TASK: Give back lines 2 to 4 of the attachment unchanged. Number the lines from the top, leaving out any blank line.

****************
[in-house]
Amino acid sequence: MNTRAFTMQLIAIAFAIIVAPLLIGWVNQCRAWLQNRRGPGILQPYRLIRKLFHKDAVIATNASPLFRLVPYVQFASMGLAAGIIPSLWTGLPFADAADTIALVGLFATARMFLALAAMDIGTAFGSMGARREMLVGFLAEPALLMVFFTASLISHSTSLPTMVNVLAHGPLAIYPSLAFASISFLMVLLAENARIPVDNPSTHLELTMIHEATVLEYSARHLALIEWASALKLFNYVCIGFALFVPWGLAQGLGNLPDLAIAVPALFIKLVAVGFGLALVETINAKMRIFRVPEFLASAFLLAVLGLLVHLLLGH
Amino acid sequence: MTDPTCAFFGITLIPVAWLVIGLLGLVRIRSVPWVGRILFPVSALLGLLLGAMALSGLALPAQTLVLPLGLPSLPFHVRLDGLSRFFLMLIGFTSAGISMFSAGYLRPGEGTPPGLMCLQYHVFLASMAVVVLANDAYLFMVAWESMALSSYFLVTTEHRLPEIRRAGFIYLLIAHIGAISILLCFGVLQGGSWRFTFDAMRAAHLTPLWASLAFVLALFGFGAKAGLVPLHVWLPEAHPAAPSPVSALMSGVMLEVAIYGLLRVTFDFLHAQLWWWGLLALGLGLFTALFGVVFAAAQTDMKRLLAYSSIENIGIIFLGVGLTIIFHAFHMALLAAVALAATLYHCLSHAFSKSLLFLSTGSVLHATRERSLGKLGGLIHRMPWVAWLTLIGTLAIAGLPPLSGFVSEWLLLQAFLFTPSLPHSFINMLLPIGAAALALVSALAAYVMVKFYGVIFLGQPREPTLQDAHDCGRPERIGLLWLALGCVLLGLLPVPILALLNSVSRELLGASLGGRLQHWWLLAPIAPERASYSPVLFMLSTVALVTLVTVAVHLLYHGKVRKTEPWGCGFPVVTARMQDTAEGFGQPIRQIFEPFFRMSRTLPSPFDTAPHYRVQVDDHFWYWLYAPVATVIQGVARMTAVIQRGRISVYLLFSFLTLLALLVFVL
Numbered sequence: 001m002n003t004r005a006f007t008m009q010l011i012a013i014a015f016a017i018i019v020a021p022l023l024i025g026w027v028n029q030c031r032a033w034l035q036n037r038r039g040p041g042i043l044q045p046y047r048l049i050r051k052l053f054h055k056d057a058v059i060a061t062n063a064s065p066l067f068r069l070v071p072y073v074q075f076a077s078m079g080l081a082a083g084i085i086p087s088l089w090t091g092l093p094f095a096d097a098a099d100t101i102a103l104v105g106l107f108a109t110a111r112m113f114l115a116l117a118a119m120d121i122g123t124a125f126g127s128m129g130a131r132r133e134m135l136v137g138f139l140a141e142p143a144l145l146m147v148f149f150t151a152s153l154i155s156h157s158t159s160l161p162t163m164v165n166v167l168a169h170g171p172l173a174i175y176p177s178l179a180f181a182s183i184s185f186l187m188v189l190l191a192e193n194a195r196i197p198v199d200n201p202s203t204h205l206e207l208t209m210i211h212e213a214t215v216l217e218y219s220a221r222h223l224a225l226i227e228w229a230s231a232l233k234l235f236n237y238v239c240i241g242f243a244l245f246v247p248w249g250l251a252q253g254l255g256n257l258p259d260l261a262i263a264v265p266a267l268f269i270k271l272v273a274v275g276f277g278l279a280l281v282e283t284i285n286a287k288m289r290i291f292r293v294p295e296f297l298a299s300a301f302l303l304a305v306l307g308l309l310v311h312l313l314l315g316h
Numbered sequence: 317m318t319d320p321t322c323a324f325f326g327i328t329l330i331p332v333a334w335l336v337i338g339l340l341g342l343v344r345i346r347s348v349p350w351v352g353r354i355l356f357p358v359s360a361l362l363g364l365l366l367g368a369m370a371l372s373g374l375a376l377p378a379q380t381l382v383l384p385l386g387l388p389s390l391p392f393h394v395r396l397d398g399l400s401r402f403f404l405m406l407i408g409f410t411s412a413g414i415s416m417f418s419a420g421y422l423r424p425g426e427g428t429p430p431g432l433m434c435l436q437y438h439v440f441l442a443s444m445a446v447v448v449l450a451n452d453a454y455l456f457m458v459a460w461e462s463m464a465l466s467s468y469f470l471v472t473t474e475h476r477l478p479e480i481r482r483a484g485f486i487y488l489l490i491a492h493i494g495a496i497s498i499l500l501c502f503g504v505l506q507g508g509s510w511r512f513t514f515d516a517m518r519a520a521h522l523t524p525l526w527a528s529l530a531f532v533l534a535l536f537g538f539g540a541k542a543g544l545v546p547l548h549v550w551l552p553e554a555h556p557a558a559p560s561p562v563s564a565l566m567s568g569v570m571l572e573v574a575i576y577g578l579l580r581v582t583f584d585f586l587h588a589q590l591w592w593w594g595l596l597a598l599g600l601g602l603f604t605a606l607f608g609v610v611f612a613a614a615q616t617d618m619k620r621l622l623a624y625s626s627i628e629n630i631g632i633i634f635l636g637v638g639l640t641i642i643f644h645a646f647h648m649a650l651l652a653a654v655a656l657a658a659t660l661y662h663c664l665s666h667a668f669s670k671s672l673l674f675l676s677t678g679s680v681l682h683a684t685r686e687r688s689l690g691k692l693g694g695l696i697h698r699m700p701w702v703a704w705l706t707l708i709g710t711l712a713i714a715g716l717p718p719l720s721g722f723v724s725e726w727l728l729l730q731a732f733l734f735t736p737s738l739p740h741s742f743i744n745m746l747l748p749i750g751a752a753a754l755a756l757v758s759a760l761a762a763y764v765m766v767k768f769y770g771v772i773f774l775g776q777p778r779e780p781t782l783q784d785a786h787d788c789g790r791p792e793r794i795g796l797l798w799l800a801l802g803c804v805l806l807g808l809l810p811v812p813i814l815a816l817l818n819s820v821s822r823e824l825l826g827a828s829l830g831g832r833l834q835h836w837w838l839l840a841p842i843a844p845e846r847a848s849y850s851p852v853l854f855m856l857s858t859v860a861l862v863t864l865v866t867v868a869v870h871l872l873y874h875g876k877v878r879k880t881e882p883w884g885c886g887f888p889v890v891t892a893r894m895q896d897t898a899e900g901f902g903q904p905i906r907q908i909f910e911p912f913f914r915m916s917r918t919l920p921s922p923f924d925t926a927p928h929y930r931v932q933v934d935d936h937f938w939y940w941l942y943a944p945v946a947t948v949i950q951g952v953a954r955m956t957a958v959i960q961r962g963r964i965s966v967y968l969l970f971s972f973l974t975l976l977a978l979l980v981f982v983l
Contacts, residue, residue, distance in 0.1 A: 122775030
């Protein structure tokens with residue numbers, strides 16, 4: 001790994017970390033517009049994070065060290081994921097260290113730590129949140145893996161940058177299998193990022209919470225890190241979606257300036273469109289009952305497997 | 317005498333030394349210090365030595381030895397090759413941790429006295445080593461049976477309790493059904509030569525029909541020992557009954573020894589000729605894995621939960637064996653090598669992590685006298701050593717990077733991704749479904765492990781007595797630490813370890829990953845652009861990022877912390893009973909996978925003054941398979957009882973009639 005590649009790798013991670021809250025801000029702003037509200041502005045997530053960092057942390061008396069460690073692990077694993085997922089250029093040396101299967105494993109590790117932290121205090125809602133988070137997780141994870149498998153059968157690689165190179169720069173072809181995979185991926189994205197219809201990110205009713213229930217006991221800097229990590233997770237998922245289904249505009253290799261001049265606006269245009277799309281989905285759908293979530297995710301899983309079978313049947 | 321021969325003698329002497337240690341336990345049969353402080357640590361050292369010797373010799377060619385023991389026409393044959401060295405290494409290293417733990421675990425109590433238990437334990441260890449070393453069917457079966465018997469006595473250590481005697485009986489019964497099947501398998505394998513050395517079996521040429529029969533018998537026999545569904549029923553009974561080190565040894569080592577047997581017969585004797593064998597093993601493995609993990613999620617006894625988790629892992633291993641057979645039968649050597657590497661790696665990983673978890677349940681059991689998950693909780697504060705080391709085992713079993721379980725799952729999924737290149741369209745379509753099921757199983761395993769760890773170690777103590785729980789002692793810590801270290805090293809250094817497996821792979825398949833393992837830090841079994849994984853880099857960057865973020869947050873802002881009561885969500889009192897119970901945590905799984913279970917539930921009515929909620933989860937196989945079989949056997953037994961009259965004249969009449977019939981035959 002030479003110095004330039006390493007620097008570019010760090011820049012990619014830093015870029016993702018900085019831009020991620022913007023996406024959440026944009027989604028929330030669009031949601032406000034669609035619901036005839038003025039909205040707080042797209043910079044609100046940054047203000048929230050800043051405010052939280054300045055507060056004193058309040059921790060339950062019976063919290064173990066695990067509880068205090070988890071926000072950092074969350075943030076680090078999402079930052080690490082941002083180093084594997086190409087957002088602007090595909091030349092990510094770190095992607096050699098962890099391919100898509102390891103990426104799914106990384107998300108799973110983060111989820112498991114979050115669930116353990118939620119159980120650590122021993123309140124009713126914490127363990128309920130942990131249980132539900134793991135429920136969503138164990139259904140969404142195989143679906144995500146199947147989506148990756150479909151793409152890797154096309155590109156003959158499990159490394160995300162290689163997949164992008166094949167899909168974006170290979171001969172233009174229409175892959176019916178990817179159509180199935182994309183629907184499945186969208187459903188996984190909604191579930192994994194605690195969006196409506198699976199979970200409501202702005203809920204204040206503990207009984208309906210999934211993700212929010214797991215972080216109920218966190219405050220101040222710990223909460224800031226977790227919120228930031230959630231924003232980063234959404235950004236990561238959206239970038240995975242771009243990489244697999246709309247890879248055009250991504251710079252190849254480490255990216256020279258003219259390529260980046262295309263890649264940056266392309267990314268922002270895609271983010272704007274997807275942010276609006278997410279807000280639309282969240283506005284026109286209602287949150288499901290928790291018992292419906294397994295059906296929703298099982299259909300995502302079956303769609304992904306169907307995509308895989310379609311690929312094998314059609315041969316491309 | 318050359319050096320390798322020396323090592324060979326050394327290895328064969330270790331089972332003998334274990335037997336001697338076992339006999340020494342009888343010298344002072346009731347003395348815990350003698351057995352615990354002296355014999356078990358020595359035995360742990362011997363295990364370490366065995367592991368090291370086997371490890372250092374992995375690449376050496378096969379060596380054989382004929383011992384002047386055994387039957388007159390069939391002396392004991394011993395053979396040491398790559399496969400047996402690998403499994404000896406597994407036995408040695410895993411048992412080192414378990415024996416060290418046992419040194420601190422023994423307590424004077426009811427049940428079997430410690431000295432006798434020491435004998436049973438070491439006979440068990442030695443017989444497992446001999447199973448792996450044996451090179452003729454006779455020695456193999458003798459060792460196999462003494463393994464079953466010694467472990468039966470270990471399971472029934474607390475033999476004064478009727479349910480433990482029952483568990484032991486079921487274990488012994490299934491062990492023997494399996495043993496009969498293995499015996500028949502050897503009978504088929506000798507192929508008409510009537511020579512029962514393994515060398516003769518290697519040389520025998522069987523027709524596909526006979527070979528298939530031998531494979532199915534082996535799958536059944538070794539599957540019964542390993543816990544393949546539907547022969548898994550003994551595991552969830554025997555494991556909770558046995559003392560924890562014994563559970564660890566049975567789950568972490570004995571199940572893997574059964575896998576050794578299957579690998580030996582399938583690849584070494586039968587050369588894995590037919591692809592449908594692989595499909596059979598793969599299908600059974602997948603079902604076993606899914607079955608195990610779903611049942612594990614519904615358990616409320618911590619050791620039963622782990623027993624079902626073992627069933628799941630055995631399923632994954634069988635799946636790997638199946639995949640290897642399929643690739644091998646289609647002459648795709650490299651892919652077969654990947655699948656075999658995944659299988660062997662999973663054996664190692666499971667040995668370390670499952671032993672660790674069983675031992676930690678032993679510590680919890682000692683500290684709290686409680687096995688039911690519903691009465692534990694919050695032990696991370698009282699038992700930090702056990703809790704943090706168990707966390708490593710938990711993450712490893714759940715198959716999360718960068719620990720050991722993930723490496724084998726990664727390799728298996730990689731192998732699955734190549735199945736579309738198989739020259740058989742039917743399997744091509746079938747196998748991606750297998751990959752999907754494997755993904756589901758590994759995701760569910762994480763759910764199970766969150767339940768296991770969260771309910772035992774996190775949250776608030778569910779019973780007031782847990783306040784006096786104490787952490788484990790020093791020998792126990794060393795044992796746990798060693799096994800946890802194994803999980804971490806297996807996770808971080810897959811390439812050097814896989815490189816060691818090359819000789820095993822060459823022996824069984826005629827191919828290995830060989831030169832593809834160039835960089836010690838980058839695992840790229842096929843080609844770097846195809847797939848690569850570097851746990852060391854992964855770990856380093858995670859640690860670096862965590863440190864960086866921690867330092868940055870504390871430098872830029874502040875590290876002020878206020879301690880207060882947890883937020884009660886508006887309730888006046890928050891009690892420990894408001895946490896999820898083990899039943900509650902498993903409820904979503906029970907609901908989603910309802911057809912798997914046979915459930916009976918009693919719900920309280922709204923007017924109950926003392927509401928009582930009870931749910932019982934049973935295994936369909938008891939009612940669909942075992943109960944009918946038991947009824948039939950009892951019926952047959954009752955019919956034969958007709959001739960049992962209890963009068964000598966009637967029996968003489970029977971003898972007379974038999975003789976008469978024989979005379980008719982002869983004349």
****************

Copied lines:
Amino acid sequence: MNTRAFTMQLIAIAFAIIVAPLLIGWVNQCRAWLQNRRGPGILQPYRLIRKLFHKDAVIATNASPLFRLVPYVQFASMGLAAGIIPSLWTGLPFADAADTIALVGLFATARMFLALAAMDIGTAFGSMGARREMLVGFLAEPALLMVFFTASLISHSTSLPTMVNVLAHGPLAIYPSLAFASISFLMVLLAENARIPVDNPSTHLELTMIHEATVLEYSARHLALIEWASALKLFNYVCIGFALFVPWGLAQGLGNLPDLAIAVPALFIKLVAVGFGLALVETINAKMRIFRVPEFLASAFLLAVLGLLVHLLLGH
Amino acid sequence: MTDPTCAFFGITLIPVAWLVIGLLGLVRIRSVPWVGRILFPVSALLGLLLGAMALSGLALPAQTLVLPLGLPSLPFHVRLDGLSRFFLMLIGFTSAGISMFSAGYLRPGEGTPPGLMCLQYHVFLASMAVVVLANDAYLFMVAWESMALSSYFLVTTEHRLPEIRRAGFIYLLIAHIGAISILLCFGVLQGGSWRFTFDAMRAAHLTPLWASLAFVLALFGFGAKAGLVPLHVWLPEAHPAAPSPVSALMSGVMLEVAIYGLLRVTFDFLHAQLWWWGLLALGLGLFTALFGVVFAAAQTDMKRLLAYSSIENIGIIFLGVGLTIIFHAFHMALLAAVALAATLYHCLSHAFSKSLLFLSTGSVLHATRERSLGKLGGLIHRMPWVAWLTLIGTLAIAGLPPLSGFVSEWLLLQAFLFTPSLPHSFINMLLPIGAAALALVSALAAYVMVKFYGVIFLGQPREPTLQDAHDCGRPERIGLLWLALGCVLLGLLPVPILALLNSVSRELLGASLGGRLQHWWLLAPIAPERASYSPVLFMLSTVALVTLVTVAVHLLYHGKVRKTEPWGCGFPVVTARMQDTAEGFGQPIRQIFEPFFRMSRTLPSPFDTAPHYRVQVDDHFWYWLYAPVATVIQGVARMTAVIQRGRISVYLLFSFLTLLALLVFVL
Numbered sequence: 001m002n003t004r005a006f007t008m009q010l011i012a013i014a015f016a017i018i019v020a021p022l023l024i025g026w027v028n029q030c031r032a033w034l035q036n037r038r039g040p041g042i043l044q045p046y047r048l049i050r051k052l053f054h055k056d057a058v059i060a061t062n063a064s065p066l067f068r069l070v071p072y073v074q075f076a077s078m079g080l081a082a083g084i085i086p087s088l089w090t091g092l093p094f095a096d097a098a099d100t101i102a103l104v105g106l107f108a109t110a111r112m113f114l115a116l117a118a119m120d121i122g123t124a125f126g127s128m129g130a131r132r133e134m135l136v137g138f139l140a141e142p143a144l145l146m147v148f149f150t151a152s153l154i155s156h157s158t159s160l161p162t163m164v165n166v167l168a169h170g171p172l173a174i175y176p177s178l179a180f181a182s183i184s185f186l187m188v189l190l191a192e193n194a195r196i197p198v199d200n201p202s203t204h205l206e207l208t209m210i211h212e213a214t215v216l217e218y219s220a221r222h223l224a225l226i227e228w229a230s231a232l233k234l235f236n237y238v239c240i241g242f243a244l245f246v247p248w249g250l251a252q253g254l255g256n257l258p259d260l261a262i263a264v265p266a267l268f269i270k271l272v273a274v275g276f277g278l279a280l281v282e283t284i285n286a287k288m289r290i291f292r293v294p295e296f297l298a299s300a301f302l303l304a305v306l307g308l309l310v311h312l313l314l315g316h